A Patched and Pieced Large Narumi Kongata Cloth: Stencil Dyeing Mimicking Shibori

$395.00 USD

early twentieth century
51 1/4" x 26", 130.25 cm x 66 cm

This is a large area of pieced Narumi kongata cotton, the cloth is hand stitched from four separate fragments of cloth and it seems to be a section from a furoshiki or carrying cloth.

Narumi kongata is a kind of katazome dyeing that employs a set of stencils which, when resisted and dyed, creates an intentional shibori-like effect as is the case on this example here.

Soft edges give the impression of faux shibori are a standard feature in the repertoire of Narumi kongata and this length of complex patterned cotton shows this quality well. 

The geometric, repeat pattern is probably based on a traditional design that alludes to cracking or thawing ice, a sign of spring. Elaborately designed small images are tucked into the diagonal lines of the overall pattern.

As is obvious there is strong, overall light fading to the piece with the exception of the square, center area which is darker in tone than the rest. Clearly this was a patched section of the cloth and the patch had been removed at some point in the lifetime of this cloth.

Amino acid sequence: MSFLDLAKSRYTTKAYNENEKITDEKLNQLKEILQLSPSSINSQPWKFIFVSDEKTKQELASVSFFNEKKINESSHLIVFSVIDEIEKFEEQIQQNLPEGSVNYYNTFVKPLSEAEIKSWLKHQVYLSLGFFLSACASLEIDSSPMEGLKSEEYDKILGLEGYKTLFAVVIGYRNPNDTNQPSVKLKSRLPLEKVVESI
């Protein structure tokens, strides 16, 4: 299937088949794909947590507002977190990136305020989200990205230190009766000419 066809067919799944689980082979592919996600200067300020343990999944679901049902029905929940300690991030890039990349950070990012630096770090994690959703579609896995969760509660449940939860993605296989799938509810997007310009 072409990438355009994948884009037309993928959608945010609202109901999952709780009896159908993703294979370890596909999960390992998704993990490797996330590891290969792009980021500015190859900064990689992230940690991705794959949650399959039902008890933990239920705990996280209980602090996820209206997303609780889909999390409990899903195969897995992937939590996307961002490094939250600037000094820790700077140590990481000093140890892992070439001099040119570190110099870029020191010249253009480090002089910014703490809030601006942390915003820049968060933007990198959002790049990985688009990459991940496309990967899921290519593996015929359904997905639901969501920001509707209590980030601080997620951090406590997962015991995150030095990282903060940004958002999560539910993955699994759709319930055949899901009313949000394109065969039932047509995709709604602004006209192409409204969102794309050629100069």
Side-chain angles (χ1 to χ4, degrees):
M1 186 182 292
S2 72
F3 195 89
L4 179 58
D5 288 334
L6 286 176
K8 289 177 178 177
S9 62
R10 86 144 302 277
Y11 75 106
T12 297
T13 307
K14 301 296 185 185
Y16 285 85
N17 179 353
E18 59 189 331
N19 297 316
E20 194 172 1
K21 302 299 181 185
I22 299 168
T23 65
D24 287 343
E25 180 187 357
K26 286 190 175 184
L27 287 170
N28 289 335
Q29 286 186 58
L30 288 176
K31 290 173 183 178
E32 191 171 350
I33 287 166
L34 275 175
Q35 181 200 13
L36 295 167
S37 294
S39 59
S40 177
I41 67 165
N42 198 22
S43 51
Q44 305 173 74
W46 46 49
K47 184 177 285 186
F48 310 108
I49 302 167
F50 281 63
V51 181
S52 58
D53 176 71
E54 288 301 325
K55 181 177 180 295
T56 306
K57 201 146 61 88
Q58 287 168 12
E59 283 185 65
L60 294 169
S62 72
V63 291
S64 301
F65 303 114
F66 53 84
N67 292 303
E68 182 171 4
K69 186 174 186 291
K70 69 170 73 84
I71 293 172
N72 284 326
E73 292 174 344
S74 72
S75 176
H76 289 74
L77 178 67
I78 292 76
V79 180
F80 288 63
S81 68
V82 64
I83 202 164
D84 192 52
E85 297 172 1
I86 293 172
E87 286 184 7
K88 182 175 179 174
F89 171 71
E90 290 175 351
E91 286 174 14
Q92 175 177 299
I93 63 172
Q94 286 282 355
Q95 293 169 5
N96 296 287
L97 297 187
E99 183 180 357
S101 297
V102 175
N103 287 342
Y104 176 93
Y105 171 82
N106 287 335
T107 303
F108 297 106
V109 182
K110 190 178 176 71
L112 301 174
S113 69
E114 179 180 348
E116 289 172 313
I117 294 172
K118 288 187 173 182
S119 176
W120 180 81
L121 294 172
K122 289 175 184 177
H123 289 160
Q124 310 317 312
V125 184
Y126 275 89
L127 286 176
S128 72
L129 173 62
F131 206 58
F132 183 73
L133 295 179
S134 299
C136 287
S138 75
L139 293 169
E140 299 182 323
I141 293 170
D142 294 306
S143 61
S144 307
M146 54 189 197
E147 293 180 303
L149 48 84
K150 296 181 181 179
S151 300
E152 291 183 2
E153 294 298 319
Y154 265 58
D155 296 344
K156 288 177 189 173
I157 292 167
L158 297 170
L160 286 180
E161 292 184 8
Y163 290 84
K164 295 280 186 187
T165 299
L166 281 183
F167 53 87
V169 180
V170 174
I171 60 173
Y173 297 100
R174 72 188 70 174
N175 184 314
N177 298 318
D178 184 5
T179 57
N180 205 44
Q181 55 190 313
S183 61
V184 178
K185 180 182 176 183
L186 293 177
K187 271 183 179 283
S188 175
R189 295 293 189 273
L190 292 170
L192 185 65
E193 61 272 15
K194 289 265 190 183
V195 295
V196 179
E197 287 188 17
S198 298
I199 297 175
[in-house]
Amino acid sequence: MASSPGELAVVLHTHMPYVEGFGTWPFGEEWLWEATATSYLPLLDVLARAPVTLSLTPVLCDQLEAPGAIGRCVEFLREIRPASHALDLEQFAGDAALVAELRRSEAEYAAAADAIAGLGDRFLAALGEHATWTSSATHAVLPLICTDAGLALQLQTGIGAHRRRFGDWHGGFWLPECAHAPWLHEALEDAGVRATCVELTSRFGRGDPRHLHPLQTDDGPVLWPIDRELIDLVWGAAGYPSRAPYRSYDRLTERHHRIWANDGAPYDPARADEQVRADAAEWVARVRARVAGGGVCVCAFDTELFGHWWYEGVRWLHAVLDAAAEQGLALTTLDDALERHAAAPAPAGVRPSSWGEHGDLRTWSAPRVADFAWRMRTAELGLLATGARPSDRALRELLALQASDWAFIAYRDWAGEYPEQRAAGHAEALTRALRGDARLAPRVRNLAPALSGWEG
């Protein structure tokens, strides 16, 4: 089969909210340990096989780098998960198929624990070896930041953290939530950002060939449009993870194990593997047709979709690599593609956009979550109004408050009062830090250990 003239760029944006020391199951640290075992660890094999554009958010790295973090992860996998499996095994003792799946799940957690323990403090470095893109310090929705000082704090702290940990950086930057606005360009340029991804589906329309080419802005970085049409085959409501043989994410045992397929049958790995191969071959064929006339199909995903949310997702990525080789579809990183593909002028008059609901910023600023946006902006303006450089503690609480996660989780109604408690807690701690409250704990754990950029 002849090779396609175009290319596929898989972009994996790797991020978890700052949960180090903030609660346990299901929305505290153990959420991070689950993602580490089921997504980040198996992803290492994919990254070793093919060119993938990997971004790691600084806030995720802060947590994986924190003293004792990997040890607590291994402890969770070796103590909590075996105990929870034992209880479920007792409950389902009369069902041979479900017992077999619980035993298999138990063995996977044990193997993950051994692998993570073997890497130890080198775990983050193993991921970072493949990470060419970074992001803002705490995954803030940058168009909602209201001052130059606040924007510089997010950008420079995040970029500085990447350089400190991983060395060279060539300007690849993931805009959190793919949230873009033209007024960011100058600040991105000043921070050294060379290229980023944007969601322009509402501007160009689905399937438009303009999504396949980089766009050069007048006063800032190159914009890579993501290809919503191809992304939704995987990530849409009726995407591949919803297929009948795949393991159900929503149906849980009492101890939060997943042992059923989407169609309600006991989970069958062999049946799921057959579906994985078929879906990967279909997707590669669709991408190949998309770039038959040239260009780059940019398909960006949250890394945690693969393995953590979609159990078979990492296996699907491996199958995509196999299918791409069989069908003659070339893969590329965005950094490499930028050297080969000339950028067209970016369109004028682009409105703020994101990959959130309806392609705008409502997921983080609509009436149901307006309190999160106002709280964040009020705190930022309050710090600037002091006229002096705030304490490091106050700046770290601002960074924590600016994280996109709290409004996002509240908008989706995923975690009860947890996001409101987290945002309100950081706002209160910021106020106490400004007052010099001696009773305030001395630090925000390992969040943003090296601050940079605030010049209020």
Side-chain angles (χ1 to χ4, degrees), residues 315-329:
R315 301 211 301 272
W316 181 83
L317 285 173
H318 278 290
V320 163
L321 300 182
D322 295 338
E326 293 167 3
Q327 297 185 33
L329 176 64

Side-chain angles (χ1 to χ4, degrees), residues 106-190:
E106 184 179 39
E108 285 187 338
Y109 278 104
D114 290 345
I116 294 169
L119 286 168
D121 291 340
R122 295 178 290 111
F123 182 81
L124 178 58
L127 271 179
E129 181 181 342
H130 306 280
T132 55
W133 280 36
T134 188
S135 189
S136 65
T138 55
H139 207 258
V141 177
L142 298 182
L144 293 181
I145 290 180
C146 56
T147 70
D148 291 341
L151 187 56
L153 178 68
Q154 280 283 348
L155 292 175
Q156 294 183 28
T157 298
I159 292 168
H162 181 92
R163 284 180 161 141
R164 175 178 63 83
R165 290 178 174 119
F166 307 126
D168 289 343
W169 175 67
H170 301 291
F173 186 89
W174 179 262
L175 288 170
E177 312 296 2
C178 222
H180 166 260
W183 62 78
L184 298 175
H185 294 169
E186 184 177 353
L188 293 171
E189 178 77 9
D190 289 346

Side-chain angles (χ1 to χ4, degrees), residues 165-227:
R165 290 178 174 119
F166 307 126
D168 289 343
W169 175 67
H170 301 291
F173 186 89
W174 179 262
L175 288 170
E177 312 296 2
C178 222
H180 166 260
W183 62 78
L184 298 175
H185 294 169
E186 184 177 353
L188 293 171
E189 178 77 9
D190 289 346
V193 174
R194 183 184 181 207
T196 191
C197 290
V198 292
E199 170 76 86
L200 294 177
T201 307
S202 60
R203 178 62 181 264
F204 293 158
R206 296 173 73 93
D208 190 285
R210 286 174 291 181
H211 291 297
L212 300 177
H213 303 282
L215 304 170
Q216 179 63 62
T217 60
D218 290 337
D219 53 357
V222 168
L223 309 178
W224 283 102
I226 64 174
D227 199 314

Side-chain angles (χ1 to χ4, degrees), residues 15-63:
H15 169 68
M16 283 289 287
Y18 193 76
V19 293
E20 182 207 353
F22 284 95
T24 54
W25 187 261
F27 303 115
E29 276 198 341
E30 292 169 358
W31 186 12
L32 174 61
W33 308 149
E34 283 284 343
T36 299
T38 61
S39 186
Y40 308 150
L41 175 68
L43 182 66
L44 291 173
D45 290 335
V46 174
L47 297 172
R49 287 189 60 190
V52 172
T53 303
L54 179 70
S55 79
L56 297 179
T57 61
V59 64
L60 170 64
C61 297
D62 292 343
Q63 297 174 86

This slightly darkened center area plays off nicely against the applied patches that surround it. A notch is missing from the top, left area as is seen on the accompanying photos.

Because of the complexity of the dyeing process Narumi kongata is considered to be a desirable type of stencil resist dyeing and now--and certainly at the time of its making--it is more costly than standard types of stencil resist dyeing.

This is a rather generous area of Narumi kongata and one that bears so much interesting evidence from its life of service that it cannot help but draw you in to the tangible traces of its history.